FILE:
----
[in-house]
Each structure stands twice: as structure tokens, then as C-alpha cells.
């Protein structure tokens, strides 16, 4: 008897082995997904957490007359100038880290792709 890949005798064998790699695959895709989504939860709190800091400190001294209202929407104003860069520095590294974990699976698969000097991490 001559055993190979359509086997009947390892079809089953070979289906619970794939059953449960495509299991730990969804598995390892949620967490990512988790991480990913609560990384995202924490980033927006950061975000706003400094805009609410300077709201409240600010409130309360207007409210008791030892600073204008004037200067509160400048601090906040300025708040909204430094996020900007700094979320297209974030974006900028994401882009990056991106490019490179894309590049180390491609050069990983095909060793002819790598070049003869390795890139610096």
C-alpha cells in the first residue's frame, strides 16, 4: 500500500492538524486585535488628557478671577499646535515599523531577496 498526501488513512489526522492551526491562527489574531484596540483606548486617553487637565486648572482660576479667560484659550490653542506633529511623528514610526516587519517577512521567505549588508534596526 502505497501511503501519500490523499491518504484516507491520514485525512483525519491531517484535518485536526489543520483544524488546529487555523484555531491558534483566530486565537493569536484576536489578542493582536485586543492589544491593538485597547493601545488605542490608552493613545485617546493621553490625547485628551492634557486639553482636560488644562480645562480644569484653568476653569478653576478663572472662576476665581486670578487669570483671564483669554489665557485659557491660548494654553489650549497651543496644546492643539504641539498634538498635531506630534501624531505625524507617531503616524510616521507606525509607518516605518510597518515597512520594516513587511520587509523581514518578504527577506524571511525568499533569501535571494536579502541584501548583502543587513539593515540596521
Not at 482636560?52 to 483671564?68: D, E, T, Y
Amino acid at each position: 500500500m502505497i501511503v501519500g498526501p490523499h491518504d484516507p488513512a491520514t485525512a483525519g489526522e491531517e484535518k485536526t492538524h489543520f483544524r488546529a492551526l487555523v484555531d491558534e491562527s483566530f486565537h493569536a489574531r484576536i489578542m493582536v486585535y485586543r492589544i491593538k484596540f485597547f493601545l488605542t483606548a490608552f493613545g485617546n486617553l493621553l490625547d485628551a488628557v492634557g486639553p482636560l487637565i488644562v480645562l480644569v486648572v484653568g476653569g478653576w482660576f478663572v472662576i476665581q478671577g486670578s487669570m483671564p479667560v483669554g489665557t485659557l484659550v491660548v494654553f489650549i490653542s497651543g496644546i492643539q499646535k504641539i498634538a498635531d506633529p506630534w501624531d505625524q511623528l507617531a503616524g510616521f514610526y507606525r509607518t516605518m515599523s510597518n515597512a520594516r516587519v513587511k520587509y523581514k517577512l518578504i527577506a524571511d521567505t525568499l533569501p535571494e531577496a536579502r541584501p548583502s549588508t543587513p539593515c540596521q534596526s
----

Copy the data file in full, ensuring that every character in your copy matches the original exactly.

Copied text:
[in-house]
Each structure stands twice: as structure tokens, then as C-alpha cells.
């Protein structure tokens, strides 16, 4: 008897082995997904957490007359100038880290792709 890949005798064998790699695959895709989504939860709190800091400190001294209202929407104003860069520095590294974990699976698969000097991490 001559055993190979359509086997009947390892079809089953070979289906619970794939059953449960495509299991730990969804598995390892949620967490990512988790991480990913609560990384995202924490980033927006950061975000706003400094805009609410300077709201409240600010409130309360207007409210008791030892600073204008004037200067509160400048601090906040300025708040909204430094996020900007700094979320297209974030974006900028994401882009990056991106490019490179894309590049180390491609050069990983095909060793002819790598070049003869390795890139610096």
C-alpha cells in the first residue's frame, strides 16, 4: 500500500492538524486585535488628557478671577499646535515599523531577496 498526501488513512489526522492551526491562527489574531484596540483606548486617553487637565486648572482660576479667560484659550490653542506633529511623528514610526516587519517577512521567505549588508534596526 502505497501511503501519500490523499491518504484516507491520514485525512483525519491531517484535518485536526489543520483544524488546529487555523484555531491558534483566530486565537493569536484576536489578542493582536485586543492589544491593538485597547493601545488605542490608552493613545485617546493621553490625547485628551492634557486639553482636560488644562480645562480644569484653568476653569478653576478663572472662576476665581486670578487669570483671564483669554489665557485659557491660548494654553489650549497651543496644546492643539504641539498634538498635531506630534501624531505625524507617531503616524510616521507606525509607518516605518510597518515597512520594516513587511520587509523581514518578504527577506524571511525568499533569501535571494536579502541584501548583502543587513539593515540596521
Not at 482636560?52 to 483671564?68: D, E, T, Y
Amino acid at each position: 500500500m502505497i501511503v501519500g498526501p490523499h491518504d484516507p488513512a491520514t485525512a483525519g489526522e491531517e484535518k485536526t492538524h489543520f483544524r488546529a492551526l487555523v484555531d491558534e491562527s483566530f486565537h493569536a489574531r484576536i489578542m493582536v486585535y485586543r492589544i491593538k484596540f485597547f493601545l488605542t483606548a490608552f493613545g485617546n486617553l493621553l490625547d485628551a488628557v492634557g486639553p482636560l487637565i488644562v480645562l480644569v486648572v484653568g476653569g478653576w482660576f478663572v472662576i476665581q478671577g486670578s487669570m483671564p479667560v483669554g489665557t485659557l484659550v491660548v494654553f489650549i490653542s497651543g496644546i492643539q499646535k504641539i498634538a498635531d506633529p506630534w501624531d505625524q511623528l507617531a503616524g510616521f514610526y507606525r509607518t516605518m515599523s510597518n515597512a520594516r516587519v513587511k520587509y523581514k517577512l518578504i527577506a524571511d521567505t525568499l533569501p535571494e531577496a536579502r541584501p548583502s549588508t543587513p539593515c540596521q534596526s